Even taken together, the charges didn't seem to amount to that big a deal — just a matter of quoting a few factual statements and a Wikipedia passage without attributing them. But as Rand Paul discovered, the word "plagiarism" can still rouse people to steaming indignation. Samuel Johnson called plagiarism the most reproachful of literary crimes, and the word itself began as the name of a real crime. In Roman law, a plagiarius was someone who abducted a child or a slave — it's from "plaga," the Latin word for a net or a snare.
Originally published on Tue November 12, 2013 2:06 pm
New Jersey Gov. Chris Christie says he can teach national Republicans an important lesson: If they want to appeal to voters beyond their traditional conservative base, they need to go to where those voters are.
As he made the rounds of Sunday's Washington talk shows, Christie explained his rationale to Fox News' Chris Wallace:
Lobbyists for Citigroup, one of the country's largest banks, offered lawmakers draft language for a bill that was obtained by New York Times and Mother Jones reporters. And 70 of the 85 lines in the final House bill reflected Citigroup's recommendations.
State Sen. Mark Obenshain speaks at the Virginia Republican convention in Richmond on May 18. He currently holds a 17-vote lead over Democratic state Sen. Mark Herring in the state's attorney general election.
Originally published on Mon November 11, 2013 2:06 pm
There's still one election yet to be decided from last Tuesday: the Virginia attorney general's race.
The latest figures released Sunday night show it's about as close as it gets: Republican state Sen. Mark Obenshain leads Democratic state Sen. Mark Herring by just 17 votes out of more than 2.2 million cast.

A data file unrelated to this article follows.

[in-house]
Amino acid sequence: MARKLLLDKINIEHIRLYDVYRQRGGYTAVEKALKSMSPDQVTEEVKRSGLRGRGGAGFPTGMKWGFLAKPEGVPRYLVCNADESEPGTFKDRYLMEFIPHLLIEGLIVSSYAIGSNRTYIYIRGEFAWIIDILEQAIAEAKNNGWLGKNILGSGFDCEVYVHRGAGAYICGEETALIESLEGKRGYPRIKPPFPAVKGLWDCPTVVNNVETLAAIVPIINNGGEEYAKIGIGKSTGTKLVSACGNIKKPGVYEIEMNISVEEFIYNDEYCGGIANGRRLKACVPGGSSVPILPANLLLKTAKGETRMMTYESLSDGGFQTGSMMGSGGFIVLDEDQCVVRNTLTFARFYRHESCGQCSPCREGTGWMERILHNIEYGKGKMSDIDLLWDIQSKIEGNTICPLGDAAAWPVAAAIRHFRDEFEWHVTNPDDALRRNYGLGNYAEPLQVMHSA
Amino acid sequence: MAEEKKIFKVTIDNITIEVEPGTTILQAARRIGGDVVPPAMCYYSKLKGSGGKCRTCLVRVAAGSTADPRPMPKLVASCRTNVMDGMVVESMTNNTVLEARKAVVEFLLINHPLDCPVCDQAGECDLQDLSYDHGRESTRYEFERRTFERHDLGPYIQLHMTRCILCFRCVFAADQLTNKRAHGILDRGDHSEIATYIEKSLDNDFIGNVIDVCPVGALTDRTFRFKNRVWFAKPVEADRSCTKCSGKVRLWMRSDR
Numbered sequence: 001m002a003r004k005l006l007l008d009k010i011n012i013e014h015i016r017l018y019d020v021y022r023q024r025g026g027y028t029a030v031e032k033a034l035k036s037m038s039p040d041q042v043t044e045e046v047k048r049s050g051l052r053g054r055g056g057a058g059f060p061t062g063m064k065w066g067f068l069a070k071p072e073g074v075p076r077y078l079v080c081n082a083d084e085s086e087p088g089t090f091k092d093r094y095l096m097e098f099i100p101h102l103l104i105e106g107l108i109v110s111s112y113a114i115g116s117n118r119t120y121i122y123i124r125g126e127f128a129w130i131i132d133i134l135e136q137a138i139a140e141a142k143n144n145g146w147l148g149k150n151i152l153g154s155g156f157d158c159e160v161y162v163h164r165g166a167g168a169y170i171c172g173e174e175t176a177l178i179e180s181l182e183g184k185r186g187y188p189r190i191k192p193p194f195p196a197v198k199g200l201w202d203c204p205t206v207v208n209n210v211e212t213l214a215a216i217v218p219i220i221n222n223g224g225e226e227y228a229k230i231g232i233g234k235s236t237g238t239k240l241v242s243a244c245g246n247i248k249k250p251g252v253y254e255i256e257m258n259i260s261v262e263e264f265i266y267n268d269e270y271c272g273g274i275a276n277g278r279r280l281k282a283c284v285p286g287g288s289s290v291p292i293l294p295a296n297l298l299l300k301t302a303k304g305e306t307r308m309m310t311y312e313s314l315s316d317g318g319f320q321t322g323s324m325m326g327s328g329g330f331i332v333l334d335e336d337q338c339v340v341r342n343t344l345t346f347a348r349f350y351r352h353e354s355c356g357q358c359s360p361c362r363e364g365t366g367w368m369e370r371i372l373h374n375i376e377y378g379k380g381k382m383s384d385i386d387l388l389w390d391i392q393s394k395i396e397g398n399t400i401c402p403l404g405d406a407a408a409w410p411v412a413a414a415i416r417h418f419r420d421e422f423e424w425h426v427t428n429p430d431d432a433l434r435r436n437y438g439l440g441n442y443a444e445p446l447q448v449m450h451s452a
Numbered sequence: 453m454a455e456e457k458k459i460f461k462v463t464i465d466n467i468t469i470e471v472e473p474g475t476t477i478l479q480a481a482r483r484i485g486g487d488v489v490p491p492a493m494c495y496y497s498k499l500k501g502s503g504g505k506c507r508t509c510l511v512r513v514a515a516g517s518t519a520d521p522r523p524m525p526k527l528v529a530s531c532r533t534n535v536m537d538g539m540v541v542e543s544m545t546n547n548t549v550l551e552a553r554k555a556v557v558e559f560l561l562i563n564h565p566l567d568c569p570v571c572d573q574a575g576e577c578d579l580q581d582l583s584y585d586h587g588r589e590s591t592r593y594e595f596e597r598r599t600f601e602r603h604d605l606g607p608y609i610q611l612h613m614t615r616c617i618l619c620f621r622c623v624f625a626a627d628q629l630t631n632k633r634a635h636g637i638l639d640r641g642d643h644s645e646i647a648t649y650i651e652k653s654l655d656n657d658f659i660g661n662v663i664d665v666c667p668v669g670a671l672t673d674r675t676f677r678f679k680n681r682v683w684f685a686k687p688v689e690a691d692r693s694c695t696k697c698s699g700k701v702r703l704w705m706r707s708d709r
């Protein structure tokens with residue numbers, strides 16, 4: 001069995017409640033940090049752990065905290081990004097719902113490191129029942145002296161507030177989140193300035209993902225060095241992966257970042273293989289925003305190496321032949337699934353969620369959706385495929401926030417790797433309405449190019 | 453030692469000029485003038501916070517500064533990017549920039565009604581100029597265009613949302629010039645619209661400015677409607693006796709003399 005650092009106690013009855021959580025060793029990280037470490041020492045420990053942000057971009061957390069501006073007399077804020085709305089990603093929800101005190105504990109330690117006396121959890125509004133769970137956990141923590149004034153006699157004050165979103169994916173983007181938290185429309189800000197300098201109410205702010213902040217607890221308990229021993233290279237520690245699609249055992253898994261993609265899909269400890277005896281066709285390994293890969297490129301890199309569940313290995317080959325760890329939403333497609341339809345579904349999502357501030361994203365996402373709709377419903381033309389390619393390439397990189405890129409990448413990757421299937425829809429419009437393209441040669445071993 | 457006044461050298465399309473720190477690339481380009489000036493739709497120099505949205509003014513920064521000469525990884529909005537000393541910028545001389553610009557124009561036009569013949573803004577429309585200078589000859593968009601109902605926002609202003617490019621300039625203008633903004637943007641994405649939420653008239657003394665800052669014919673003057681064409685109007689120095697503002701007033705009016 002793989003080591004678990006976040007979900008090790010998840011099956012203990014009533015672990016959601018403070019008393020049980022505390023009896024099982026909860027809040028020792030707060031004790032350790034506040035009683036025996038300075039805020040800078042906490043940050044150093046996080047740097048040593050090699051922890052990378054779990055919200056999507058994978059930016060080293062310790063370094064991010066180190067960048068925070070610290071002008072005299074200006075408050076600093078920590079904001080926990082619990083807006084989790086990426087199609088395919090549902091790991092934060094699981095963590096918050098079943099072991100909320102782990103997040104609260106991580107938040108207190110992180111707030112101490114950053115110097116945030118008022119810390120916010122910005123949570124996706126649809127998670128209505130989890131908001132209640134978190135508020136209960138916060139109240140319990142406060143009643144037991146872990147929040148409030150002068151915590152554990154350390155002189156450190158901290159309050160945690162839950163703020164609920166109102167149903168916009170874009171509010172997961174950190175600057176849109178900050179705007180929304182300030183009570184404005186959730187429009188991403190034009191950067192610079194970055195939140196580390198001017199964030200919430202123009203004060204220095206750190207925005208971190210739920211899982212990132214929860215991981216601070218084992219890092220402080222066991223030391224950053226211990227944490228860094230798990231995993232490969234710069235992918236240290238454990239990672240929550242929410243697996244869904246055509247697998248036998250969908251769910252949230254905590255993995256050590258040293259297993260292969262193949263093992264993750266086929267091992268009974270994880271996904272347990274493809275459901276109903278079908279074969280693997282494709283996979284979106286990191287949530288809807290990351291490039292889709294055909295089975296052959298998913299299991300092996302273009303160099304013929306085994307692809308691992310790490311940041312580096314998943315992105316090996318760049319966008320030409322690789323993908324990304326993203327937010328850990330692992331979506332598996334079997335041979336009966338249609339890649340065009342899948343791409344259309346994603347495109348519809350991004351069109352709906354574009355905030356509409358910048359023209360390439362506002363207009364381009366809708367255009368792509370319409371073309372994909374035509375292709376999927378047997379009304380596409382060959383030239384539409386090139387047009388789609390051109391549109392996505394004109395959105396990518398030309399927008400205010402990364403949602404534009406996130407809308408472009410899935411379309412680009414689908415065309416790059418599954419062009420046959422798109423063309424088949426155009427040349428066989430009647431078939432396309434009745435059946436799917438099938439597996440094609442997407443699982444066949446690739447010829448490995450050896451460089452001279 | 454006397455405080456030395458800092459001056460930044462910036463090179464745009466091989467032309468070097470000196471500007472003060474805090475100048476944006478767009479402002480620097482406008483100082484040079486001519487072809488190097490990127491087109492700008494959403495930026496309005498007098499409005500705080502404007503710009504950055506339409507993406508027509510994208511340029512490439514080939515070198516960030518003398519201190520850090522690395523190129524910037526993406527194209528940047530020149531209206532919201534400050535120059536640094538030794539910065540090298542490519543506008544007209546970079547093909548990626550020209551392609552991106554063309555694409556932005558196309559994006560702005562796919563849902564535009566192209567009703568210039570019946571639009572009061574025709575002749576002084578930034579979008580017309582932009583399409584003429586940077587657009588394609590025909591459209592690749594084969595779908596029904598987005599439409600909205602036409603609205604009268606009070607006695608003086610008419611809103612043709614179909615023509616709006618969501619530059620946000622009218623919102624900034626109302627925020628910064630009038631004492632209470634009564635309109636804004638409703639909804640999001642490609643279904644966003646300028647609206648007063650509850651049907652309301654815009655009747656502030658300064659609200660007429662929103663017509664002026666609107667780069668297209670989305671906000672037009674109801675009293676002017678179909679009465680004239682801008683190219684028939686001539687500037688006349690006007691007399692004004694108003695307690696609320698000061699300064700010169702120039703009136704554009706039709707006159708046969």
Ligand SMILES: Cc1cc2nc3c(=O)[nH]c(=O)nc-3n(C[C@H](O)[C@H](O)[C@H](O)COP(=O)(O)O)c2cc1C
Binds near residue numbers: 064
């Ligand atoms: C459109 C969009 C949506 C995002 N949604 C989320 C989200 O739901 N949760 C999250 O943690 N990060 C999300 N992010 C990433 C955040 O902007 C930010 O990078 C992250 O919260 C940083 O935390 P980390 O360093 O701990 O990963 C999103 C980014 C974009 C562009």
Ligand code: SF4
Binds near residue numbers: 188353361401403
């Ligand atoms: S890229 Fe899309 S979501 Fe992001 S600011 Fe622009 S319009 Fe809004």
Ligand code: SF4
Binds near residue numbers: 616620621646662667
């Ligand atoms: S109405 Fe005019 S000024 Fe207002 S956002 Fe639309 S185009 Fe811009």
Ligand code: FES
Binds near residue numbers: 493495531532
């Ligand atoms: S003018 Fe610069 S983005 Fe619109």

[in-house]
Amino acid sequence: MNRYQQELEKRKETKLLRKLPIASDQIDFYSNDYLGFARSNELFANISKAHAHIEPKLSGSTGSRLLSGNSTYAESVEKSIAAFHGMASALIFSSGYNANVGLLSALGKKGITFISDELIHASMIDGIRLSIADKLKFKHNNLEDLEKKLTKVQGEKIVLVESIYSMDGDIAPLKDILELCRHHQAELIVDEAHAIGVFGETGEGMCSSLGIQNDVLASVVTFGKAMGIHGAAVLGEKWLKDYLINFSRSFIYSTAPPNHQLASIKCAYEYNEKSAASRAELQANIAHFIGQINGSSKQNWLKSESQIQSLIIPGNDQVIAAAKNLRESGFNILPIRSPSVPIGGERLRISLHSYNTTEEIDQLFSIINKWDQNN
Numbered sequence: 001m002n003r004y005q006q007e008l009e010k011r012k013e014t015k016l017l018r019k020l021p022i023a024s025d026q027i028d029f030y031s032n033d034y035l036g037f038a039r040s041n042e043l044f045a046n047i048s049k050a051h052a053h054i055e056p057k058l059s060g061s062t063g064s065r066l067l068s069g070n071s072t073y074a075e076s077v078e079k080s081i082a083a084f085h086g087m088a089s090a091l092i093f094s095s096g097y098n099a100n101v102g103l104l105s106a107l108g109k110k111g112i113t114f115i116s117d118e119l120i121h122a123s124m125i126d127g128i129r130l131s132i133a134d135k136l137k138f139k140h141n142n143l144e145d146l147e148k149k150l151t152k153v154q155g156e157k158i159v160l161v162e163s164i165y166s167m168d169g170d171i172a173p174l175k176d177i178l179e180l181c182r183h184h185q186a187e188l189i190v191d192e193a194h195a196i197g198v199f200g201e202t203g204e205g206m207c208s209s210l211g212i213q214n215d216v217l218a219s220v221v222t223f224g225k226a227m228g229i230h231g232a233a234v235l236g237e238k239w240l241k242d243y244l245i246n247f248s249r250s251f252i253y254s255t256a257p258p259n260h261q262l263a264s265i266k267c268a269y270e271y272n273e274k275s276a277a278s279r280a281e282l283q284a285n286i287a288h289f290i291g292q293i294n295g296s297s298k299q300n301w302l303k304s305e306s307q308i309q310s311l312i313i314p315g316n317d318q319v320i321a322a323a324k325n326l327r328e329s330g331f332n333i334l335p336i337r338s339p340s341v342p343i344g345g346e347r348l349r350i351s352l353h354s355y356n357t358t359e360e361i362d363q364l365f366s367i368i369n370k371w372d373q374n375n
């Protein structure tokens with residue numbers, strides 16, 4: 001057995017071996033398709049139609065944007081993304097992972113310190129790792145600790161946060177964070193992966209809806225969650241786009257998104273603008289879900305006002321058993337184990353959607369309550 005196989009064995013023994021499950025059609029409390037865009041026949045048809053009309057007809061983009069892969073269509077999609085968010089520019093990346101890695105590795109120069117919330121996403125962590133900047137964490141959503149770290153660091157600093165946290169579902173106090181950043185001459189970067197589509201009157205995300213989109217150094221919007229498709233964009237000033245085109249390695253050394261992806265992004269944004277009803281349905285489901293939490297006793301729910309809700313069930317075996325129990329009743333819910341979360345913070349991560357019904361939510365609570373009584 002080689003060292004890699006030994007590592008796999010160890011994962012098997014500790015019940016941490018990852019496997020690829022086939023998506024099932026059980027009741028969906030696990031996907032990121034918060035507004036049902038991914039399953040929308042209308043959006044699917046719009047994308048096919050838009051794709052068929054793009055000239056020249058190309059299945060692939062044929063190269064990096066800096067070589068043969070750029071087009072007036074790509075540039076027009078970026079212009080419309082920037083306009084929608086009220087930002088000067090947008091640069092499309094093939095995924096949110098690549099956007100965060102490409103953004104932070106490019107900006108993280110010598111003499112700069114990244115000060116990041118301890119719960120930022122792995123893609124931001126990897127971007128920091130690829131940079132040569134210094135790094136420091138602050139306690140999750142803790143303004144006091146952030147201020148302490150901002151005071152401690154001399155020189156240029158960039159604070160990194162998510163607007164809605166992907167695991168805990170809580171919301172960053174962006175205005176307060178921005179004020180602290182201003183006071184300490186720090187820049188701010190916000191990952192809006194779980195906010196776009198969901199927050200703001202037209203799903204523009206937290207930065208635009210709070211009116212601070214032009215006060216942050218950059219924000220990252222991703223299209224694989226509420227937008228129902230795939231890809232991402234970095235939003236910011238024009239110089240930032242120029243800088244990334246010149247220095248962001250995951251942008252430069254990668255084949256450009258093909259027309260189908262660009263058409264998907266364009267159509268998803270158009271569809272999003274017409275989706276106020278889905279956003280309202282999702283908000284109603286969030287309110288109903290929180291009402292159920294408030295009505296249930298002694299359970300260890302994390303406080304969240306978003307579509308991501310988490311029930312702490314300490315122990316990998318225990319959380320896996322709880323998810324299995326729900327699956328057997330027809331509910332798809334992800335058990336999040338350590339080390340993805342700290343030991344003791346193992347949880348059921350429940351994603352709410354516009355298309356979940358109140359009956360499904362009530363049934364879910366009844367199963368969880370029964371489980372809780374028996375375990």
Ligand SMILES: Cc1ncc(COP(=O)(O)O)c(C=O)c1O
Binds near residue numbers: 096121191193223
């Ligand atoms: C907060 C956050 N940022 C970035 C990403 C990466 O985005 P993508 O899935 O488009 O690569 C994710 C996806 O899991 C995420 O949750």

Originally published on Mon November 11, 2013 7:44 am
Good morning, fellow political junkies.
It's Veteran's Day 2013. Our deepest thanks to those who've worn the nation's uniform both home and abroad and made countless sacrifices to serve it with courage and integrity.
The House returns this week from a recess. Its Republican leaders will waste little time placing Democrats on the defensive and positioning the GOP as coming to the rescue of those beleaguered individuals who have received notices that their health plans were cancelled. The GOP-controlled House plans to vote this week on the Keep Your Health Plan Act of 2013.
President George W. Bush and Vice President Dick Cheney left office on Jan. 20, 2009, ending a consequential — and controversial — administration. The Sept. 11, 2001, terrorist attacks, the U.S. invasions of Afghanistan and Iraq, and Hurricane Katrina were just some of the major events that challenged the administration.
Peter Baker, Chief White House Correspondent for The New York Times, covered those events in real time. But he's now taken a second look at the administration and the relationship at its heart.
President Obama apologized this week for the fact that some Americans are losing their health plans despite his promises they wouldn't. The President spoke with NBC News.
(SOUNDBITE OF TV SHOW, "NBC NEWS")
PRESIDENT BARACK OBAMA: I am sorry that they are, you know, finding themselves in this situation based on assurances they got from me. We've got to work hard to make sure that they know we hear them and that we're going to do everything we can to deal with folks who find themselves in a tough position as a consequence of this.
Election results this week painted a mixed picture for the GOP as the party wrestles with its political strategy for the 2014 midterms and beyond. A more moderate Republican, Chris Christie, won his re-election in the very blue state of New Jersey with a landslide victory. Yet conservative Republican Ken Cuccinelli lost the Virginia governor's race to his Democratic opponent, Terry McAuliffe.
The outcome in Virginia's governor's race this week seemed to illustrate anew the Democratic Party's grip on the women's vote, and the power of the abortion issue.
Even some Republicans argued that social conservative Ken Cuccinelli's defeat at the hands of Democrat Terry McAuliffe, who won women by a 9-point margin, was another sign that the GOP's anti-abortion stance would continue to doom the party at the polls.
Originally published on Fri November 8, 2013 5:42 pm